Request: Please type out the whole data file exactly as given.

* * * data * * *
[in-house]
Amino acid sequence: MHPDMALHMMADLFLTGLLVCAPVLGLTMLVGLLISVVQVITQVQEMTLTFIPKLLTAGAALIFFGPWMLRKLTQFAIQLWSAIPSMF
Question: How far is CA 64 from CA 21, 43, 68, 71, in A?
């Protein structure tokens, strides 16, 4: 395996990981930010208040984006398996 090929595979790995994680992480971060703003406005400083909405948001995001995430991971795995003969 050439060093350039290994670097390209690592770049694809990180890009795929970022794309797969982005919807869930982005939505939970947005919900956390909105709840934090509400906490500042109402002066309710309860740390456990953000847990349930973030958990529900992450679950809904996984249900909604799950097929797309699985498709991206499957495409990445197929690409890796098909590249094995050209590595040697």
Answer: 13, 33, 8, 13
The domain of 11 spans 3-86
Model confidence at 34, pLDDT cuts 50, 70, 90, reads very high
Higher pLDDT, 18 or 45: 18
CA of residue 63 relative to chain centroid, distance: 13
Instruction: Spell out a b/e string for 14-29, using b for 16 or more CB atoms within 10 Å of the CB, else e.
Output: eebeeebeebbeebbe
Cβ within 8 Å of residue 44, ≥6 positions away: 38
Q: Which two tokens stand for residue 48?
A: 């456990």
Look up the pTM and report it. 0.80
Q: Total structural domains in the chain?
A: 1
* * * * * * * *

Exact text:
[in-house]
Amino acid sequence: MHPDMALHMMADLFLTGLLVCAPVLGLTMLVGLLISVVQVITQVQEMTLTFIPKLLTAGAALIFFGPWMLRKLTQFAIQLWSAIPSMF
Question: How far is CA 64 from CA 21, 43, 68, 71, in A?
């Protein structure tokens, strides 16, 4: 395996990981930010208040984006398996 090929595979790995994680992480971060703003406005400083909405948001995001995430991971795995003969 050439060093350039290994670097390209690592770049694809990180890009795929970022794309797969982005919807869930982005939505939970947005919900956390909105709840934090509400906490500042109402002066309710309860740390456990953000847990349930973030958990529900992450679950809904996984249900909604799950097929797309699985498709991206499957495409990445197929690409890796098909590249094995050209590595040697």
Answer: 13, 33, 8, 13
The domain of 11 spans 3-86
Model confidence at 34, pLDDT cuts 50, 70, 90, reads very high
Higher pLDDT, 18 or 45: 18
CA of residue 63 relative to chain centroid, distance: 13
Instruction: Spell out a b/e string for 14-29, using b for 16 or more CB atoms within 10 Å of the CB, else e.
Output: eebeeebeebbeebbe
Cβ within 8 Å of residue 44, ≥6 positions away: 38
Q: Which two tokens stand for residue 48?
A: 């456990």
Look up the pTM and report it. 0.80
Q: Total structural domains in the chain?
A: 1